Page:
Learn which plants thrive in your Hardiness Zone with our new interactive map!

Problems With Swim Spas

By Luanne Kelchner
Swim spas give homeowners the opportunity to use swimming as an exercise at home.

Swim spas offer exercisers a way to swim at home without the expense and space required for a large lap pool. The pools use a current, which requires the swimmer to keep swimming to stay in place. Swimming is ideal exercise for those who cannot perform impact exercises such as running or walking. Homeowners can install swim spas inside the home for year-round exercise in colder climates.

Increased Maintenance

Homeowners may believe that the swim spa requires little maintenance when it is installed inside the home, but because users swim in the spa year round, there is more maintenance required to keep it clean and the water balanced. Spa owners must shock the indoor swim spa more often than an outdoor pool to remove body oils, grease and nitrogen from the spa. Shocking a pool requires owners to add a sanitizing agent such as chlorine to the pool to remove contaminants and microorganisms. An indoor spa or pool may require a shocking process more often because the oxidation process releases the contaminants into the atmosphere of the poolroom, which may fall right back into the pool. Ventilation is an important part of the shocking process. Swim spa owners must run the filter on an indoor pool at least 8 to 12 hours every day and weekly vacuum the pool to keep it clean and ready for exercise.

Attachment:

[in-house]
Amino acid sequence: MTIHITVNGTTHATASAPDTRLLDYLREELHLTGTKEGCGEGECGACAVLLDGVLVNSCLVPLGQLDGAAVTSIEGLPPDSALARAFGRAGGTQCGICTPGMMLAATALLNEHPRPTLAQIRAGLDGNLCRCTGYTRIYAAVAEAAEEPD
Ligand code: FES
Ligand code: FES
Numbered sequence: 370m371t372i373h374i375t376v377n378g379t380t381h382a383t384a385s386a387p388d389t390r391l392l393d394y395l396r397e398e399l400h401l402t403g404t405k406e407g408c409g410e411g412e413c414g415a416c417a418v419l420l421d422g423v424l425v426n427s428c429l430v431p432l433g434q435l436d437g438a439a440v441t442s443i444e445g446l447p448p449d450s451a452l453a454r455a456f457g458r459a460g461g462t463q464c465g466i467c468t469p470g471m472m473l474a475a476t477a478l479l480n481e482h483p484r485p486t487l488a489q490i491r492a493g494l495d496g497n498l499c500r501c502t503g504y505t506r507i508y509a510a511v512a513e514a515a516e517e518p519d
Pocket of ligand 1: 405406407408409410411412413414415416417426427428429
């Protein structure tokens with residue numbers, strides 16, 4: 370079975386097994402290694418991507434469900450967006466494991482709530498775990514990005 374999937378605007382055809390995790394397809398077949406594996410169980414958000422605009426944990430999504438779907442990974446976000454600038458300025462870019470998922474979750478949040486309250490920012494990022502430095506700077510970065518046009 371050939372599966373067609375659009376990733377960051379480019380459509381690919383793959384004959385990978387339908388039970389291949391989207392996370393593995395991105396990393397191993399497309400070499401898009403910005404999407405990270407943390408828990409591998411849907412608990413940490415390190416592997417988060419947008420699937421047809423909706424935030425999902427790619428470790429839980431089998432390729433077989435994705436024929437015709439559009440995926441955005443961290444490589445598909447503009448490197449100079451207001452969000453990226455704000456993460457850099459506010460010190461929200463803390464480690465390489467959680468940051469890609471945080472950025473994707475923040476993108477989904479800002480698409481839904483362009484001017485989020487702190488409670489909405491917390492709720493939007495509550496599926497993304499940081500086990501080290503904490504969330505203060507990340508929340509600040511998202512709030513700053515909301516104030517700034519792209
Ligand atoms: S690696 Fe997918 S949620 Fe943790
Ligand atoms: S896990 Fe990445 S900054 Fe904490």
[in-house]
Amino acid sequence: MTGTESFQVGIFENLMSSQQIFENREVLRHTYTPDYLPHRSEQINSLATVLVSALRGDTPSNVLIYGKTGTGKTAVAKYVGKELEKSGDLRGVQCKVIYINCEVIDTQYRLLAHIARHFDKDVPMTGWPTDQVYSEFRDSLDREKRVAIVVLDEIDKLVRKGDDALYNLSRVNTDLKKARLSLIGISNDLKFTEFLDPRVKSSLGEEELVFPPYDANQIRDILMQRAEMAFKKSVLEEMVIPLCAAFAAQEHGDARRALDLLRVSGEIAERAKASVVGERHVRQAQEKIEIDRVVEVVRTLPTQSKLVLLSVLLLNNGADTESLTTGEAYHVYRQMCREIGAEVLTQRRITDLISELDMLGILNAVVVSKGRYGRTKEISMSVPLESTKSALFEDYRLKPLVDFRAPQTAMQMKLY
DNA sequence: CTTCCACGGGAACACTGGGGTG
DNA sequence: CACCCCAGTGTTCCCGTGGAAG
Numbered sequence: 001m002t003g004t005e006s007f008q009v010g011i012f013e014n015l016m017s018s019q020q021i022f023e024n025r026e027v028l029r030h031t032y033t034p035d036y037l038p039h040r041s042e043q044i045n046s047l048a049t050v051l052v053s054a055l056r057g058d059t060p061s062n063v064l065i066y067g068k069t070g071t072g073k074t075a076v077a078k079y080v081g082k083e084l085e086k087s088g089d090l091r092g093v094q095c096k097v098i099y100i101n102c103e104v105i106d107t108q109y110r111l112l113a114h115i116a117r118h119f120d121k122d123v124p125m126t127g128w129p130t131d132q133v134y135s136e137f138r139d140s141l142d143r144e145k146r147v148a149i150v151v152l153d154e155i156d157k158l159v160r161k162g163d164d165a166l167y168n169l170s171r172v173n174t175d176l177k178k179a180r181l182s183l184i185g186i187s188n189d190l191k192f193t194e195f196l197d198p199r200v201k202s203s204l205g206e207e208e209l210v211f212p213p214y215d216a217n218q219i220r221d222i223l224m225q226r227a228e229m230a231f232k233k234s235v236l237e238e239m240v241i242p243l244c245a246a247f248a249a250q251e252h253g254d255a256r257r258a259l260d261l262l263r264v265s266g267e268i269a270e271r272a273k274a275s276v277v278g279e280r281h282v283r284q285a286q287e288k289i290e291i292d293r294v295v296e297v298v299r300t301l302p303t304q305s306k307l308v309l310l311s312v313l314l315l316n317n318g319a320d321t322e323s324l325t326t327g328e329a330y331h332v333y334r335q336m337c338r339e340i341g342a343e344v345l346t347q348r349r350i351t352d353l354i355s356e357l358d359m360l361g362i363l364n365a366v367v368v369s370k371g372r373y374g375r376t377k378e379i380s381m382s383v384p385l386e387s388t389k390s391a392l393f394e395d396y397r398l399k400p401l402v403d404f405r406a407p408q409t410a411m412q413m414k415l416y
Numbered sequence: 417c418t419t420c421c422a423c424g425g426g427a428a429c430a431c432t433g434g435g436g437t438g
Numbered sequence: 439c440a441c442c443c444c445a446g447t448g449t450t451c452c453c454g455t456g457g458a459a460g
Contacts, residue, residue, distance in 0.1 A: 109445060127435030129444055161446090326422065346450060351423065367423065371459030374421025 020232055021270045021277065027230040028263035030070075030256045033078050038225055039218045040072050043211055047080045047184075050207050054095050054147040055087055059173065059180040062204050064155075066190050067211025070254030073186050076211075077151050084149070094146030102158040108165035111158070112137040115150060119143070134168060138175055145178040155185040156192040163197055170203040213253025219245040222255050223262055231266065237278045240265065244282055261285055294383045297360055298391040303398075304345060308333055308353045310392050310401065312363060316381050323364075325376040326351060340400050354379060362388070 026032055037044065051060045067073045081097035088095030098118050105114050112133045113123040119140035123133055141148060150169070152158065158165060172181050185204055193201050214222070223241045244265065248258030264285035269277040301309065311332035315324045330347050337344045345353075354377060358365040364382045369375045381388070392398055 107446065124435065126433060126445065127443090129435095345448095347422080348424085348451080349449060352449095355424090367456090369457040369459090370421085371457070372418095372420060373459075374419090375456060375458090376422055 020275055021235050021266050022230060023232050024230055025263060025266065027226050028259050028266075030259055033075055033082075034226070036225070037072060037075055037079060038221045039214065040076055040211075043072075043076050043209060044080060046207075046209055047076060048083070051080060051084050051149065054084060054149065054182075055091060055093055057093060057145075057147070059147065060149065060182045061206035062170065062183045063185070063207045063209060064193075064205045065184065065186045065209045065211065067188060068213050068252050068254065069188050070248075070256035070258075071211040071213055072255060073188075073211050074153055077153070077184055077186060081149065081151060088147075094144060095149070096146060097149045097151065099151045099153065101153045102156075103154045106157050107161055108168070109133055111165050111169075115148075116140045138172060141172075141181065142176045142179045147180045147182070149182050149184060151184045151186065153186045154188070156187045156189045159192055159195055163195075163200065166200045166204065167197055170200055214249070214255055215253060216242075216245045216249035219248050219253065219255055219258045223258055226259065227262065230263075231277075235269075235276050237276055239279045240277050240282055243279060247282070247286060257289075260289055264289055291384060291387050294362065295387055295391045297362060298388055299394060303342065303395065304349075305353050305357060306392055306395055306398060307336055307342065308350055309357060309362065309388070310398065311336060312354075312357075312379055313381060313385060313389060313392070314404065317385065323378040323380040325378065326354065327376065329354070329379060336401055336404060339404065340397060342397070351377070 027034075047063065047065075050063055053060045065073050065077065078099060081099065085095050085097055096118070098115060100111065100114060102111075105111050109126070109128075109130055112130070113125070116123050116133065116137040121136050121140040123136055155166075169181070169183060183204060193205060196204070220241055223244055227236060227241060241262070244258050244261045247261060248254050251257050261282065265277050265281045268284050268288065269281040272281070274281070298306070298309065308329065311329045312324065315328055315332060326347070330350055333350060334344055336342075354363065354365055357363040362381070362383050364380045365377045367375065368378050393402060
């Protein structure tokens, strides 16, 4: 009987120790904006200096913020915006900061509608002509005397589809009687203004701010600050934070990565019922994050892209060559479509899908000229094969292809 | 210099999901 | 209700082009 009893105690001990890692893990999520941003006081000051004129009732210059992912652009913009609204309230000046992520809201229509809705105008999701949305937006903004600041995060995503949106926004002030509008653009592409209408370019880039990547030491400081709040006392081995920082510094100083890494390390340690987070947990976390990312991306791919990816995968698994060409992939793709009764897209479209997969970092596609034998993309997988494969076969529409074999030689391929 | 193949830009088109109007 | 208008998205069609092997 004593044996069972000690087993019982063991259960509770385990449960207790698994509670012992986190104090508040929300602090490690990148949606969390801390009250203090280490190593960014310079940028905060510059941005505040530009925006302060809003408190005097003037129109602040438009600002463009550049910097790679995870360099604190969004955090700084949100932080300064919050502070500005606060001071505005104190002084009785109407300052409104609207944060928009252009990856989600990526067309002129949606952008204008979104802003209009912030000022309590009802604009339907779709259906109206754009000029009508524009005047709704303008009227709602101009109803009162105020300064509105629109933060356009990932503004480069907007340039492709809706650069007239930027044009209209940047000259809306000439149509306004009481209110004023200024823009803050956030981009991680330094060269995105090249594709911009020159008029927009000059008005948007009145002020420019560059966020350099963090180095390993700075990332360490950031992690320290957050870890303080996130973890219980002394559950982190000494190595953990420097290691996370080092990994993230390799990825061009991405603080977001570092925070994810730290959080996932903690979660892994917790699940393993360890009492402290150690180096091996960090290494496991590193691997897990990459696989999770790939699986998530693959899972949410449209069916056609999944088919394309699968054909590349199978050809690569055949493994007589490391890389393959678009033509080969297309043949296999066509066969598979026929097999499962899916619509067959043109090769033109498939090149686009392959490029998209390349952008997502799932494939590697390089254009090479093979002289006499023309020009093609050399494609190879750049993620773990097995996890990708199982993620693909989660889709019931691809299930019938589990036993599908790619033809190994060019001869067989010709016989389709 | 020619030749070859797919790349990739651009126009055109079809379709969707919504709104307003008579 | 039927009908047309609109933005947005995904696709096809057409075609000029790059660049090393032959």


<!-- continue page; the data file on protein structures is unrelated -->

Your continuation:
The weight of a swim spa is a consideration when installing inside the home. Swim spas can weigh over 18,000 lbs. and distribute the weight at about 250 lbs. per square foot. Basements and garages with concrete floors are the ideal location for a swim spa. To install the spa on a second floor, you should have a structural engineer evaluate your home.


While a swim spa does take up less space than a lap pool for exercise, space is a consideration for homeowners. An exercise room for the swim spa is the ideal solution for the space consideration, and homeowners may not have an extra ground floor room or garage to place the spa. Homes without the space may be forced to install the spa outside, and in colder climates this limits the use of the exercise pool.


About the Author


Luanne Kelchner works out of Daytona Beach, Florida and has been freelance writing full time since 2008. Her ghostwriting work has covered a variety of topics but mainly focuses on health and home improvement articles. Kelchner has a degree from Southern New Hampshire University in English language and literature.